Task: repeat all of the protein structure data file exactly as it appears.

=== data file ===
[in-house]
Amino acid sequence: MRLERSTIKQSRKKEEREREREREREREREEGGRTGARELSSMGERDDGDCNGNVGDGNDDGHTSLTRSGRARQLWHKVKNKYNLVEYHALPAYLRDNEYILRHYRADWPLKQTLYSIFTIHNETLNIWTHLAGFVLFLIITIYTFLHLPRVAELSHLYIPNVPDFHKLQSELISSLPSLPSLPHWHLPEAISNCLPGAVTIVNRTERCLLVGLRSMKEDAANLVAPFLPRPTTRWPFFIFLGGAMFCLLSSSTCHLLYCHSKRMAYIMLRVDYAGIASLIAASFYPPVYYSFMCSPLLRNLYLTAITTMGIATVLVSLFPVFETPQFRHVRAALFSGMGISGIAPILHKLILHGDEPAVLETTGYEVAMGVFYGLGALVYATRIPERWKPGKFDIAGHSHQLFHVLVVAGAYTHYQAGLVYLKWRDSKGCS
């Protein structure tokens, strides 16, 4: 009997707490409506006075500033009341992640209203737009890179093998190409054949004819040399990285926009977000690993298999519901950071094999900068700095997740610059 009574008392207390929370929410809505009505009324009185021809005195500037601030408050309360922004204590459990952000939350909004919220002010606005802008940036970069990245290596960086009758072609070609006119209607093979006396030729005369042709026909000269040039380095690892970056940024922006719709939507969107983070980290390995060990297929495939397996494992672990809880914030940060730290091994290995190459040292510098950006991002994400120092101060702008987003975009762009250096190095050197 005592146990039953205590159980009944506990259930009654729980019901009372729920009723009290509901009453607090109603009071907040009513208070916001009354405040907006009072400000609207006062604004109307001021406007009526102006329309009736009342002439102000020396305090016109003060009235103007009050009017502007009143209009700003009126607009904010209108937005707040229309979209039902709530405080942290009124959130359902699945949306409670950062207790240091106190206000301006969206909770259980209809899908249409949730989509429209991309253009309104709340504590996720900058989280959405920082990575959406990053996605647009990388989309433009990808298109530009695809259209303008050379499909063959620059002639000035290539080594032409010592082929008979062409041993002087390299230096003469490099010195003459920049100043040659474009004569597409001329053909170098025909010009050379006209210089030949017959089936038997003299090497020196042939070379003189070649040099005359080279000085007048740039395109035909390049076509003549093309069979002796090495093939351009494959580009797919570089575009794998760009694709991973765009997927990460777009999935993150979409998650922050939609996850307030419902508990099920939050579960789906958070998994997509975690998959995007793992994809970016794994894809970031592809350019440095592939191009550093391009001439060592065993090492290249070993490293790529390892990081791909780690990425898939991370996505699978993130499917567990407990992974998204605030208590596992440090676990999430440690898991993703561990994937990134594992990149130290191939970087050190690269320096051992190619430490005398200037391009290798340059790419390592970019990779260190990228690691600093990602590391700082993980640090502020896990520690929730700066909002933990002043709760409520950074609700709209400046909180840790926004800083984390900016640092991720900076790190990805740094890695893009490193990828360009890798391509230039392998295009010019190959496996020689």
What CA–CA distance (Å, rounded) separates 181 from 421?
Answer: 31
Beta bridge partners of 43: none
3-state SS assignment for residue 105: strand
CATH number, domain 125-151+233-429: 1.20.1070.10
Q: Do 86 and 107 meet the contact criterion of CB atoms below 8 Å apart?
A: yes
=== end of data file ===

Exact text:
[in-house]
Amino acid sequence: MRLERSTIKQSRKKEEREREREREREREREEGGRTGARELSSMGERDDGDCNGNVGDGNDDGHTSLTRSGRARQLWHKVKNKYNLVEYHALPAYLRDNEYILRHYRADWPLKQTLYSIFTIHNETLNIWTHLAGFVLFLIITIYTFLHLPRVAELSHLYIPNVPDFHKLQSELISSLPSLPSLPHWHLPEAISNCLPGAVTIVNRTERCLLVGLRSMKEDAANLVAPFLPRPTTRWPFFIFLGGAMFCLLSSSTCHLLYCHSKRMAYIMLRVDYAGIASLIAASFYPPVYYSFMCSPLLRNLYLTAITTMGIATVLVSLFPVFETPQFRHVRAALFSGMGISGIAPILHKLILHGDEPAVLETTGYEVAMGVFYGLGALVYATRIPERWKPGKFDIAGHSHQLFHVLVVAGAYTHYQAGLVYLKWRDSKGCS
């Protein structure tokens, strides 16, 4: 009997707490409506006075500033009341992640209203737009890179093998190409054949004819040399990285926009977000690993298999519901950071094999900068700095997740610059 009574008392207390929370929410809505009505009324009185021809005195500037601030408050309360922004204590459990952000939350909004919220002010606005802008940036970069990245290596960086009758072609070609006119209607093979006396030729005369042709026909000269040039380095690892970056940024922006719709939507969107983070980290390995060990297929495939397996494992672990809880914030940060730290091994290995190459040292510098950006991002994400120092101060702008987003975009762009250096190095050197 005592146990039953205590159980009944506990259930009654729980019901009372729920009723009290509901009453607090109603009071907040009513208070916001009354405040907006009072400000609207006062604004109307001021406007009526102006329309009736009342002439102000020396305090016109003060009235103007009050009017502007009143209009700003009126607009904010209108937005707040229309979209039902709530405080942290009124959130359902699945949306409670950062207790240091106190206000301006969206909770259980209809899908249409949730989509429209991309253009309104709340504590996720900058989280959405920082990575959406990053996605647009990388989309433009990808298109530009695809259209303008050379499909063959620059002639000035290539080594032409010592082929008979062409041993002087390299230096003469490099010195003459920049100043040659474009004569597409001329053909170098025909010009050379006209210089030949017959089936038997003299090497020196042939070379003189070649040099005359080279000085007048740039395109035909390049076509003549093309069979002796090495093939351009494959580009797919570089575009794998760009694709991973765009997927990460777009999935993150979409998650922050939609996850307030419902508990099920939050579960789906958070998994997509975690998959995007793992994809970016794994894809970031592809350019440095592939191009550093391009001439060592065993090492290249070993490293790529390892990081791909780690990425898939991370996505699978993130499917567990407990992974998204605030208590596992440090676990999430440690898991993703561990994937990134594992990149130290191939970087050190690269320096051992190619430490005398200037391009290798340059790419390592970019990779260190990228690691600093990602590391700082993980640090502020896990520690929730700066909002933990002043709760409520950074609700709209400046909180840790926004800083984390900016640092991720900076790190990805740094890695893009490193990828360009890798391509230039392998295009010019190959496996020689």
What CA–CA distance (Å, rounded) separates 181 from 421?
Answer: 31
Beta bridge partners of 43: none
3-state SS assignment for residue 105: strand
CATH number, domain 125-151+233-429: 1.20.1070.10
Q: Do 86 and 107 meet the contact criterion of CB atoms below 8 Å apart?
A: yes